7 Remote Job Interview Tips (w/ Questions & Answers)

2 November
9 min read
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Before you can land the remote job you’ve always dreamed of, you need to pass the remote job interview.

And yes, there are some differences between remote job interviews and conventional office job interviews.

Knowing what these differences are might be what sets apart a successful interview from a blunder.

In this article, we’ll teach you all you need to know about remote job interviews to successfully land the job you’re applying for! This includes both general tips on how to prepare for the remote interview, as well as the most common remote job interview questions.

So, let’s dive right in!

7 Tips to Ace the Remote Interview

#1. Choose the Interview Spot

Where you’re located during the interview really matters. Specifically, you want to find a place that:

  • Is distraction-free. You don’t want your kids or your dog running into the room and interrupting your interview.
  • Quiet. While you CAN do an interview at a cafe or a coworking space, you want to make sure there’s no background noise.
  • Comfortable. Doing the interview in a setting you’re comfortable with is likely to make you feel more confident.
  • Has a neutral background. Most remote interviews take place with the webcam on, so make sure your background isn’t too distracting. If you can’t easily find such a location, then you can use a virtual background.

#2. Make Sure Your Tech Works as Intended

Your tech can make or break your remote job interview.

If your headphones aren’t working, for example, or your microphone is too quiet, you’ll be wasting both your and the interviewer's time.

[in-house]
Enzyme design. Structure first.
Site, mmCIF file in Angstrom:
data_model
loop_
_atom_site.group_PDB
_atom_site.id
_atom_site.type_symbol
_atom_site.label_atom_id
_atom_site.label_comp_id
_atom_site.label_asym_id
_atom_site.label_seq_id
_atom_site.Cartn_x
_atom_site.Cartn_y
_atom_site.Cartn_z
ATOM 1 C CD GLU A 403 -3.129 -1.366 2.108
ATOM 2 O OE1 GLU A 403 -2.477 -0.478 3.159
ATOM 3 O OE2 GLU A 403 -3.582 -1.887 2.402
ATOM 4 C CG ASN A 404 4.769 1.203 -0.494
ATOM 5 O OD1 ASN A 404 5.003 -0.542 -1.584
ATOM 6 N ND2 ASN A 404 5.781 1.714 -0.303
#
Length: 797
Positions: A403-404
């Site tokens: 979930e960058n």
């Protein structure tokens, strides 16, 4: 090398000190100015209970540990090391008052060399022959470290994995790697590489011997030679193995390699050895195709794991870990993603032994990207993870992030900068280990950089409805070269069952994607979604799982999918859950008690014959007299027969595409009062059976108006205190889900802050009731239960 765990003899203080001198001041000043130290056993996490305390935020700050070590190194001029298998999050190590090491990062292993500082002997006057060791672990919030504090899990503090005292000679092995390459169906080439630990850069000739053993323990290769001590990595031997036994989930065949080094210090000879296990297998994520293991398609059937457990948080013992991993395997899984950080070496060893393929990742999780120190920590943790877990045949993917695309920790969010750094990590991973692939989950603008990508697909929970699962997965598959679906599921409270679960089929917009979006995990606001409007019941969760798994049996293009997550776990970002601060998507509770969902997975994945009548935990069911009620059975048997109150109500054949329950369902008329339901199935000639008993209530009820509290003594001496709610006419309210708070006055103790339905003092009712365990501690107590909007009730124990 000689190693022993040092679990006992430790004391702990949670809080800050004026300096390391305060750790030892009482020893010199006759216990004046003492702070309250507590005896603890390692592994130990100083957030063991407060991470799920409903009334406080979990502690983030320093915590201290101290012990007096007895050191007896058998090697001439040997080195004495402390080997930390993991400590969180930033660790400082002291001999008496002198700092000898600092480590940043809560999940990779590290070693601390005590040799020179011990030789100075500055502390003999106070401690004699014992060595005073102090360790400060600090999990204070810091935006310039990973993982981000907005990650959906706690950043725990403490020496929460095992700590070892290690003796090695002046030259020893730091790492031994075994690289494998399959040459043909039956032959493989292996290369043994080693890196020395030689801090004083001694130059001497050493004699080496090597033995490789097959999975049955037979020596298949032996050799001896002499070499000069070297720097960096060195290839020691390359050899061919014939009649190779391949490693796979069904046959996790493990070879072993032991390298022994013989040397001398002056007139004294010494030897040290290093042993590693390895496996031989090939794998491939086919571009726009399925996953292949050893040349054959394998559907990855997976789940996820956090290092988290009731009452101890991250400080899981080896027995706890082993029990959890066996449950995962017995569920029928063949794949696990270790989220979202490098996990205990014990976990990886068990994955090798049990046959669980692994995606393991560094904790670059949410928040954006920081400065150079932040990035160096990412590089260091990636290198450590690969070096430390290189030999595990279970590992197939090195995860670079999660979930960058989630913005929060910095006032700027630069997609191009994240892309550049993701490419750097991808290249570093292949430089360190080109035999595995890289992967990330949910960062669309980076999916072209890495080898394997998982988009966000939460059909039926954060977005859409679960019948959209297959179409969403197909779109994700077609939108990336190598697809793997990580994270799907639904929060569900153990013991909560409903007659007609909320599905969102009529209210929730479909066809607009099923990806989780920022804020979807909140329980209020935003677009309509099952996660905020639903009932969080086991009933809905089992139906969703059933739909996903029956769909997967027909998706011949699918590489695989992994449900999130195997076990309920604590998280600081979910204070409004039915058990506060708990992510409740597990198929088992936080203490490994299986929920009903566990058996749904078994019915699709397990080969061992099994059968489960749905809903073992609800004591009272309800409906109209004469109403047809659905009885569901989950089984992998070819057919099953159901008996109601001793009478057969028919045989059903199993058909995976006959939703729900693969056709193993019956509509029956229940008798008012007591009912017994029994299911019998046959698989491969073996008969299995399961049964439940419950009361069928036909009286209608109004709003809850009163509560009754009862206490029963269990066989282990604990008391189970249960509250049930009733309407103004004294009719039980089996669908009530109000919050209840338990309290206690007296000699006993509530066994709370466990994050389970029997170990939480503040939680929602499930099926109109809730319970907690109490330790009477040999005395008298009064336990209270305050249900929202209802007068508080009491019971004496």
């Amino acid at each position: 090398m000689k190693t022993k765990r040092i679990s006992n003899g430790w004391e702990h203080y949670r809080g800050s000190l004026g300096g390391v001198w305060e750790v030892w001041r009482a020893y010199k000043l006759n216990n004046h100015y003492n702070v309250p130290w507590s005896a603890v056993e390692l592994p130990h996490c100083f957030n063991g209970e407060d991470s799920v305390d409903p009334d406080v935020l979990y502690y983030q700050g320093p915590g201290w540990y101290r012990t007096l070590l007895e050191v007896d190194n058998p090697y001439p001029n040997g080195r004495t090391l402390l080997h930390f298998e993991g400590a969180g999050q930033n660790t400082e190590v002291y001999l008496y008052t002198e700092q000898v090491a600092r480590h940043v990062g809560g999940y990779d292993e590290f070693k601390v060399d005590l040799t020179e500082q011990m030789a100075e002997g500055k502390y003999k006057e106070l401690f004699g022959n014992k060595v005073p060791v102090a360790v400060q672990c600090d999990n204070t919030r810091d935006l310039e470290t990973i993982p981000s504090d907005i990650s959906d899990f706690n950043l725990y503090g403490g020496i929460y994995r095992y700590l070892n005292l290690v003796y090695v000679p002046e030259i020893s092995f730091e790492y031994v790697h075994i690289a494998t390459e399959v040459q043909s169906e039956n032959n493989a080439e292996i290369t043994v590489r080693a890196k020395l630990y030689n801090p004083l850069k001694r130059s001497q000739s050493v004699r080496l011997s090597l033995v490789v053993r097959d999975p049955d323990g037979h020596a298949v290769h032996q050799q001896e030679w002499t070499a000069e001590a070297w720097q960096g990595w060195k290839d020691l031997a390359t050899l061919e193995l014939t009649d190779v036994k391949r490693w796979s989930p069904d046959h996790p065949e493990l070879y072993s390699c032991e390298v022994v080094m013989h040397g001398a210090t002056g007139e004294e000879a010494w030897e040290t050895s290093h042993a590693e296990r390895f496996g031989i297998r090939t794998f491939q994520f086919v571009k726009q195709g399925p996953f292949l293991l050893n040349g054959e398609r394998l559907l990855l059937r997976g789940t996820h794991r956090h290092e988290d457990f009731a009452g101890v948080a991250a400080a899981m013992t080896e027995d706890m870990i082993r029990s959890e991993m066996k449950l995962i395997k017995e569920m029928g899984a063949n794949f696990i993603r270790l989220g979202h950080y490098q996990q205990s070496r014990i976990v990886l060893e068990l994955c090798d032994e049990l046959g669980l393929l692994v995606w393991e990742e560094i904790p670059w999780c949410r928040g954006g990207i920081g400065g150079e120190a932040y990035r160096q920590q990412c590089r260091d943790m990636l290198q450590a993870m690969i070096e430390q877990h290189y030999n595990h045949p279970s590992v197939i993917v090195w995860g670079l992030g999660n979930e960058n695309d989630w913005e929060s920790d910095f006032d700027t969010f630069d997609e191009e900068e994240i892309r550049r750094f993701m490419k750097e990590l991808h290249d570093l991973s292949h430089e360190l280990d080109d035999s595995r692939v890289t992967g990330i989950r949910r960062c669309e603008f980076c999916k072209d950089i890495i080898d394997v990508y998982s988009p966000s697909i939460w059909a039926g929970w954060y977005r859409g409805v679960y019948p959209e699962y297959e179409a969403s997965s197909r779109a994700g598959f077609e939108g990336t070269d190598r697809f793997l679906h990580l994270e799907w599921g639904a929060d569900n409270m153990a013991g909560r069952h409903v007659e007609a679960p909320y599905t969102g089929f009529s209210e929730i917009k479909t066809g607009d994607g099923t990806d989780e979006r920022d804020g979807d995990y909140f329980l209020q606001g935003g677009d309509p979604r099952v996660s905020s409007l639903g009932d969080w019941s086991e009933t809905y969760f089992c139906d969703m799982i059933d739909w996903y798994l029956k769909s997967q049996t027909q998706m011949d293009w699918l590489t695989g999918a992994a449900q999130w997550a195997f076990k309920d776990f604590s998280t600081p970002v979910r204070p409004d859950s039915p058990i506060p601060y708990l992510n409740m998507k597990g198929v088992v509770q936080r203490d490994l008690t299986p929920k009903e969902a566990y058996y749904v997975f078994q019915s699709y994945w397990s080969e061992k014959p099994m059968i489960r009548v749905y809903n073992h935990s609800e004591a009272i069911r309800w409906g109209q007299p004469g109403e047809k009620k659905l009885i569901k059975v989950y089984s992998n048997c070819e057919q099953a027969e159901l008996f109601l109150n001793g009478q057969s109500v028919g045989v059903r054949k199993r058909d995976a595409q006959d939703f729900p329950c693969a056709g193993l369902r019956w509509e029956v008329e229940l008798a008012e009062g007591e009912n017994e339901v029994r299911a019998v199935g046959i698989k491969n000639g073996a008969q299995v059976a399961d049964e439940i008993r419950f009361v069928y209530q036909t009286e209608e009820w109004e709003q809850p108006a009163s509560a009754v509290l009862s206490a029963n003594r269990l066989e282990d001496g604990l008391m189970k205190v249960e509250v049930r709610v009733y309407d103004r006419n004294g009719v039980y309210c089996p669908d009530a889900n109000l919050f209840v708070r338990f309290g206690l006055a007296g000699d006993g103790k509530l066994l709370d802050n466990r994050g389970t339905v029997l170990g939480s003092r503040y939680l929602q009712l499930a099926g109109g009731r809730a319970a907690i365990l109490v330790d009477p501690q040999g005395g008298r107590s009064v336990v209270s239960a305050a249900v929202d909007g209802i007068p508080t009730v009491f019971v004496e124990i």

Here’s a small tech check-up checklist to make sure your remote job interview goes smoothly:

  • Make sure that your microphone, webcam, and headphones work as intended.
  • Ensure that your computer runs smoothly. If your device is old, make sure that the only app running during the interview is the interview software.
  • Test your internet connection and make sure that it works. The last thing you want is to keep disconnecting from your interview call.
  • Before the interview, do a test run for all your equipment. Call a friend 30 minutes before the interview and make sure that you can communicate online without any hiccups.
  • Close irrelevant tabs or software. Sometimes, you might end up having to share your screen with the interviewer. You don’t want to have anything running in the background that you wouldn’t want the interviewer to see.

#3. Dress to Impress

The fact that the interview is remote does not mean that you shouldn’t dress up for it. Even though your coworkers won’t see you on a day-to-day basis (unless there’s a mandatory web cam policy), you still need to dress up to leave a good impression on the interviewer.

Treat your remote job interview like you would any other job. While you may not need to dress up in a suit and tie, at least wear a formal enough shirt that makes you look presentable.

If anything, dressing up for the interview will also help you feel more confident in yourself.

#4. Be Prepared for Technical Issues

Even if you followed our second tip and made sure all your tech works like a charm, you can never really account for potential technical issues.

For example, your electricity might go out without any advance notice or your internet connection speed might seriously plummet due to network congestion.

Make sure that you have a plan B in case something like this happens.

If your internet connection slows down, for example, you can use your phone’s data plan as a backup.

Or if there’s no electricity, you can go to a quiet cafe nearby.